Instigating measures to ban travel and the odd, small, asset freezing of personal assets snowballed causing the USD/Rub to collapse down to 1/67Rub from roughly 1/33Rub this time last year. The Kremlin raised overnight interest rates from 10% to 17% to stave off further capital outflows that amounted to $151billion in 2014. This aggressive fiscal tightening served to bolster the falling currency for not much more than a fleeting moment. Global investors noted that even with an economy busting 17% interest rates the Kremlin couldn’t stem the outflow deflating its own currency. The rating analysts at S&P who downgraded debt to “junk” status forecast a total contraction of -2.6% on Russian GDP in 2015 with analysts at the European Bank for Reconstruction and Development forecasting an even more bearish -4.8% decline over the same period if the oil situation did not stabilise and the present sanctions remained in place.
In an attempt to feed the insolvent Banking sector and state owned oil industry the Kremlin’s printing press has announced another $15Billion injection to bolster the countries gaunt balance sheet. These levels of continued bail outs can only go so far though (unless you are the ECB of course). The countries previously buoyant reserves dropped by $133 Billion last year leaving a balance of $379 Billion to see them through the present economic malaise. Analysts at S&P believe this level of economic decline could see Russian reserves totally spent by Q1 2017. What from there for the big bear?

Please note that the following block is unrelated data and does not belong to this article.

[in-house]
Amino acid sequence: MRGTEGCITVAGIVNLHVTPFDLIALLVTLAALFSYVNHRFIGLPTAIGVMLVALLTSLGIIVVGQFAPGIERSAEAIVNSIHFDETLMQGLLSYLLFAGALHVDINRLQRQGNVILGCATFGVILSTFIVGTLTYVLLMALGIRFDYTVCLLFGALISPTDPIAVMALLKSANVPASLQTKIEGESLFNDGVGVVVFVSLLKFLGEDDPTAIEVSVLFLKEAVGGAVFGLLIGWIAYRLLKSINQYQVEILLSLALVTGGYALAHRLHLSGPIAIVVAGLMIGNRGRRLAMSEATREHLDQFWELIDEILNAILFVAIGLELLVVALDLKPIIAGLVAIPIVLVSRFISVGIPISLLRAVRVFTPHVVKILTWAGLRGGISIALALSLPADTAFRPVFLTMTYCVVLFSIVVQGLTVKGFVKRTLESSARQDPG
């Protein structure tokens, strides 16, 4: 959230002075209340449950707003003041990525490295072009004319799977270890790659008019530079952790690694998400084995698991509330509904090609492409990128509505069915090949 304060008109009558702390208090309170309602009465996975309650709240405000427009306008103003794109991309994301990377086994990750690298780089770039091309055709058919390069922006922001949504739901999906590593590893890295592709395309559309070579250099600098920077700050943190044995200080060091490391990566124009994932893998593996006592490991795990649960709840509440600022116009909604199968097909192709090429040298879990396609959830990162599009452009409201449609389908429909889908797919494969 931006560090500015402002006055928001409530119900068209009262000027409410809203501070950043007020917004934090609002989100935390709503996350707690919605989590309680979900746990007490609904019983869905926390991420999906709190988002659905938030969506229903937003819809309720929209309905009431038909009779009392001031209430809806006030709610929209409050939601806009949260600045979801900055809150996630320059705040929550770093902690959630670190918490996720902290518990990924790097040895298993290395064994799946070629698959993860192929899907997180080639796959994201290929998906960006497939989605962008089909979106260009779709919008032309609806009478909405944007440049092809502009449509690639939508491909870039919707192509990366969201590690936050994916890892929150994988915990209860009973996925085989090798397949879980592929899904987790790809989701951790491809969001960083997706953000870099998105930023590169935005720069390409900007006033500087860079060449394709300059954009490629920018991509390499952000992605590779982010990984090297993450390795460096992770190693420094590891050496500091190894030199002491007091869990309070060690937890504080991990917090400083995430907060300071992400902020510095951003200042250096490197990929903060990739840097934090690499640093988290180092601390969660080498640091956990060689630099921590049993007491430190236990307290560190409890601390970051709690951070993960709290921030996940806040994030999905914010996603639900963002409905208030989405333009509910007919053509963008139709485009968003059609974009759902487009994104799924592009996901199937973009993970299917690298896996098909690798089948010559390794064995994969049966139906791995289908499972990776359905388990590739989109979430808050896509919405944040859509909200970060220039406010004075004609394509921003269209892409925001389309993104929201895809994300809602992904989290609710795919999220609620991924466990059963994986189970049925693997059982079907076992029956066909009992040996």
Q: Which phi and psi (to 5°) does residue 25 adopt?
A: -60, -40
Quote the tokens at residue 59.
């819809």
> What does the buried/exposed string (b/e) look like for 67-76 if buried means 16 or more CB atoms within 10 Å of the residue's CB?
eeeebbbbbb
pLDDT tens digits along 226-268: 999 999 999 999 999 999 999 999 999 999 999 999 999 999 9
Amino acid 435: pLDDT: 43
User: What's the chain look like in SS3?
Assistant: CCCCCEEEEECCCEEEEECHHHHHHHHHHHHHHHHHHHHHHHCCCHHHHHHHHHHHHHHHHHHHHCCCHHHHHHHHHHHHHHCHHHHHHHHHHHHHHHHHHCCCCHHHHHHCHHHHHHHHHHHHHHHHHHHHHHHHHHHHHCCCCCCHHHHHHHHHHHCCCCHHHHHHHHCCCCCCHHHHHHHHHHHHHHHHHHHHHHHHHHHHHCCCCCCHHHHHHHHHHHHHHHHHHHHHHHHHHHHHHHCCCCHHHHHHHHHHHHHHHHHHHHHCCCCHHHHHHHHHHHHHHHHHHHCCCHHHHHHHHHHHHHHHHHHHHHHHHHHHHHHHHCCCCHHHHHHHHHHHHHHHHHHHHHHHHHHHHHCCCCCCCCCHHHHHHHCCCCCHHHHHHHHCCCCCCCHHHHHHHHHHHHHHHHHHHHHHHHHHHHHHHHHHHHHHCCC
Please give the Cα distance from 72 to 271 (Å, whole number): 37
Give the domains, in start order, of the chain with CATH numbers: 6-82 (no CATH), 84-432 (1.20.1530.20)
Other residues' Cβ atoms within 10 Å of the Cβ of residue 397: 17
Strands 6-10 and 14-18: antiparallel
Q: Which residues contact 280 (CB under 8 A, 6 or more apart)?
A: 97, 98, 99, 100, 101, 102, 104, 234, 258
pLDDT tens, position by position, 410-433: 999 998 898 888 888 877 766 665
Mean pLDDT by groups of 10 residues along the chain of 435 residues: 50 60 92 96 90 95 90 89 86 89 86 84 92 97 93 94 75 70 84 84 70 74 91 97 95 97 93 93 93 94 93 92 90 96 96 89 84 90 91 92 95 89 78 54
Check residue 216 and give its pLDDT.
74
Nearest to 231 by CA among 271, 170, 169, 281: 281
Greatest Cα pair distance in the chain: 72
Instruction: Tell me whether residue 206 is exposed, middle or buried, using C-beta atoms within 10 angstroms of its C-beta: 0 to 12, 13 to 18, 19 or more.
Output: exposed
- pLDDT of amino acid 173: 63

Stark figures paint a black picture for 2015 for the Russian economy. In the light of the recent downgrade, global markets pushed the rouble down further and elevated projected capital outflows in 2015 up to $100 billion.
In the mind of a contrarian, and a brave one at that, this could be a buyers’ market?
I would say for this to be the case we would need to need to see a retraction of military involvement in the Ukraine and a more buoyant oil market, as a starting point. This would however serve to contradict my entire observation of the Russian psyche of not backing down. The hundreds of pro-Russian troops labelled “Moscow-backed terrorists” now operating Russian made high tech weapons systems in Ukraine seems far from settled. With OPEC announcing no intention to taper output to protect the price of crude it could be argued that a contrarian buy strategy is folly. Whilst in the eyes of two of the major rating agencies Russian debt is still “investment grade” – but only just – it would on the face of it have as much attraction as investing in the Greek banking sector. As a cynic, what money on you might start to see a lot more Russian delegates in Greece over the coming months as Mr Tsipras could be Putin’s “aide de combat” in preventing further EU sanctions?
If the Russian stance remains unchanged and the kremlin’s staunch political agenda intact, the clock could well be counting down on how long we can expect to see Russian population accepting the Crimea and the Ukraine as a viable swap for seemingly permanent austerity measures.
Conclusion - TAM holds no emerging market or Eastern European exposure but continues to invest in European growth post Mario’s announcement of a 1.1Trn fiscal package in the core Euro states. We continue to watch the situation in the Greek periphery and the headwind this might bring to a Eurozone recovery and the potential for a Greek/Russian build of relations.
We have remained underweight energy funds totally in 2014 but have recently added to exposure at higher risk end of our Growth and Adventurous portfolios.